Making Voice Mail More Like Email


Despite spam and other problems, email is highly useful and effective. You can quickly send and receive messages, delete or forward them, and save them for reading at a later time. A glance at your inbox can tell you a lot about each message, including its subject, sender and the time it was received.

But voice mail lags behind in key ways. A voice mail still doesn't tell you the caller's name or reason for calling unless you listen to at least part of it. You usually can't reply to a voice mail with a message of your own, as with email; instead, you must call the person back. And you can't easily jump from the most recent voice mail to the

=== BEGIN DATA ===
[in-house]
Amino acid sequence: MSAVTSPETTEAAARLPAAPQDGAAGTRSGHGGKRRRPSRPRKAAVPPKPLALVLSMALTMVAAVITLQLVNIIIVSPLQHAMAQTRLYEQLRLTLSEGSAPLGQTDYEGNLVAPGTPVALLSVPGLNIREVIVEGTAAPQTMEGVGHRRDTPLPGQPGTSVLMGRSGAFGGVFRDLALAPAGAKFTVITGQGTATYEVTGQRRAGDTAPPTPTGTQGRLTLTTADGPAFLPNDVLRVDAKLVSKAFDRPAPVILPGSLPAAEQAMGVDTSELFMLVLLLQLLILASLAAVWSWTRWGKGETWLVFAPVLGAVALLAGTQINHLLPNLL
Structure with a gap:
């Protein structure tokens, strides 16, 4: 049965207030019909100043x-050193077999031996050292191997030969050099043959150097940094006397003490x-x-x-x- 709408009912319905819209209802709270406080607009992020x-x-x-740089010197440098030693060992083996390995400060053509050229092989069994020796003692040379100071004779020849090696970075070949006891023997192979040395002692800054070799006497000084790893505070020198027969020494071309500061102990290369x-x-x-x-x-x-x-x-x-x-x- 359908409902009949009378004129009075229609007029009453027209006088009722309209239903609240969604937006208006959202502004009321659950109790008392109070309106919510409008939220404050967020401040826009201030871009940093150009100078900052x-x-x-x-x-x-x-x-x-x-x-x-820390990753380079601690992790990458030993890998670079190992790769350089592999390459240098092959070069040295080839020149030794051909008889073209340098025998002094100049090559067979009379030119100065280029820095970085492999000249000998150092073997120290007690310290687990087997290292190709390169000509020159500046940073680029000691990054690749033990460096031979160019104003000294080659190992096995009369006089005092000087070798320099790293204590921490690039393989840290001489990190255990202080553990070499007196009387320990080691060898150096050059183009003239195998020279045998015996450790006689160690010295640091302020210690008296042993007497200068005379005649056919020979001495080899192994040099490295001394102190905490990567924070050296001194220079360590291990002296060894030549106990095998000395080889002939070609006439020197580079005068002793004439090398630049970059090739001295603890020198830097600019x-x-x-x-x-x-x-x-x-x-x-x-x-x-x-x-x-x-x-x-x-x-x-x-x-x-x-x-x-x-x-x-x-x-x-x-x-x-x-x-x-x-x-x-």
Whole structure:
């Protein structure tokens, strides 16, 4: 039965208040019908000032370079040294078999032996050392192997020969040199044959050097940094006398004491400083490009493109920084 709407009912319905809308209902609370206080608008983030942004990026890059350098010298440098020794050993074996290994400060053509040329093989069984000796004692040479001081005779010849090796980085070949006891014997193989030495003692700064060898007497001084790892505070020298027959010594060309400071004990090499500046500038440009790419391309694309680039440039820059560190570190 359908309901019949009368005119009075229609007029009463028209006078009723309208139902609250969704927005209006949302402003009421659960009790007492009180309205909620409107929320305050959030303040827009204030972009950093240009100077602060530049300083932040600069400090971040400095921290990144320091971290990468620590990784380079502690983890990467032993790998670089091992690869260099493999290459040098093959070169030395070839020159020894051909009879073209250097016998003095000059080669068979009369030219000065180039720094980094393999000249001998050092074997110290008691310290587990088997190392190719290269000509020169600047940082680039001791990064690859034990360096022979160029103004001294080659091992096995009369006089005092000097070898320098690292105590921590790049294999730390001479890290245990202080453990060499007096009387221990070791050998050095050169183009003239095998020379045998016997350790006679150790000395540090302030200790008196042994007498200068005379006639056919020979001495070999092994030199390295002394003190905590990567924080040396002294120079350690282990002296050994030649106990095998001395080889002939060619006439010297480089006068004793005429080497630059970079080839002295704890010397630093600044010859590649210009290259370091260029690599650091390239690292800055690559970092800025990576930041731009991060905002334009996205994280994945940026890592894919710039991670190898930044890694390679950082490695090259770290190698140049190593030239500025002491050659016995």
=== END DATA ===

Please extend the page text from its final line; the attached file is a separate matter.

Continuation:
10th without listening to every message in between.

Still, voice mail has its place. A phone call is much more personal than an email, and lets you use vocal inflection to express your point, whereas email expressions can sometimes be misinterpreted. And it's often easier and faster to speak your message than to type it out.

This week, I tested Pinger, a free messaging service that tries to make voice mail more usable by emphasizing its strengths and making it a little more like email, or like a cellphone text message. This new service comes from Pinger Inc, a Silicon Valley-based company started by former Palm Inc. employees.

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Monty Solomon
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